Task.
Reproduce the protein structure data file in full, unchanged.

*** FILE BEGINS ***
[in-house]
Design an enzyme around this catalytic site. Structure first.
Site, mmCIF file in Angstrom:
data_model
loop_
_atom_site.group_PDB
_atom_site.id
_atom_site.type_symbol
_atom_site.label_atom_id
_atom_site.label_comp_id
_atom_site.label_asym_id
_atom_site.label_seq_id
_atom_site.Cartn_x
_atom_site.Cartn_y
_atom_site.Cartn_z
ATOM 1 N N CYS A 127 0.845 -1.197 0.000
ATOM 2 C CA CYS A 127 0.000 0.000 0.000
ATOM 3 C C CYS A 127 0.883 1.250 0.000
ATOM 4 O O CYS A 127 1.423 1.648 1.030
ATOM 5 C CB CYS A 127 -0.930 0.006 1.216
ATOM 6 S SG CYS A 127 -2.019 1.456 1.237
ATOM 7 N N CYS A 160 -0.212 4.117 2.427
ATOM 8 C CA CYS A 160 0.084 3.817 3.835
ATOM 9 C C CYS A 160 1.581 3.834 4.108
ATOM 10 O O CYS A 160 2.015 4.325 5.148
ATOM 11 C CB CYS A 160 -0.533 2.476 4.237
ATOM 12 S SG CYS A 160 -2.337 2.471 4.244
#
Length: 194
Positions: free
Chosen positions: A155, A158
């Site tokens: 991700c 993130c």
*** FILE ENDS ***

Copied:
[in-house]
Design an enzyme around this catalytic site. Structure first.
Site, mmCIF file in Angstrom:
data_model
loop_
_atom_site.group_PDB
_atom_site.id
_atom_site.type_symbol
_atom_site.label_atom_id
_atom_site.label_comp_id
_atom_site.label_asym_id
_atom_site.label_seq_id
_atom_site.Cartn_x
_atom_site.Cartn_y
_atom_site.Cartn_z
ATOM 1 N N CYS A 127 0.845 -1.197 0.000
ATOM 2 C CA CYS A 127 0.000 0.000 0.000
ATOM 3 C C CYS A 127 0.883 1.250 0.000
ATOM 4 O O CYS A 127 1.423 1.648 1.030
ATOM 5 C CB CYS A 127 -0.930 0.006 1.216
ATOM 6 S SG CYS A 127 -2.019 1.456 1.237
ATOM 7 N N CYS A 160 -0.212 4.117 2.427
ATOM 8 C CA CYS A 160 0.084 3.817 3.835
ATOM 9 C C CYS A 160 1.581 3.834 4.108
ATOM 10 O O CYS A 160 2.015 4.325 5.148
ATOM 11 C CB CYS A 160 -0.533 2.476 4.237
ATOM 12 S SG CYS A 160 -2.337 2.471 4.244
#
Length: 194
Positions: free
Chosen positions: A155, A158
């Site tokens: 991700c 993130c």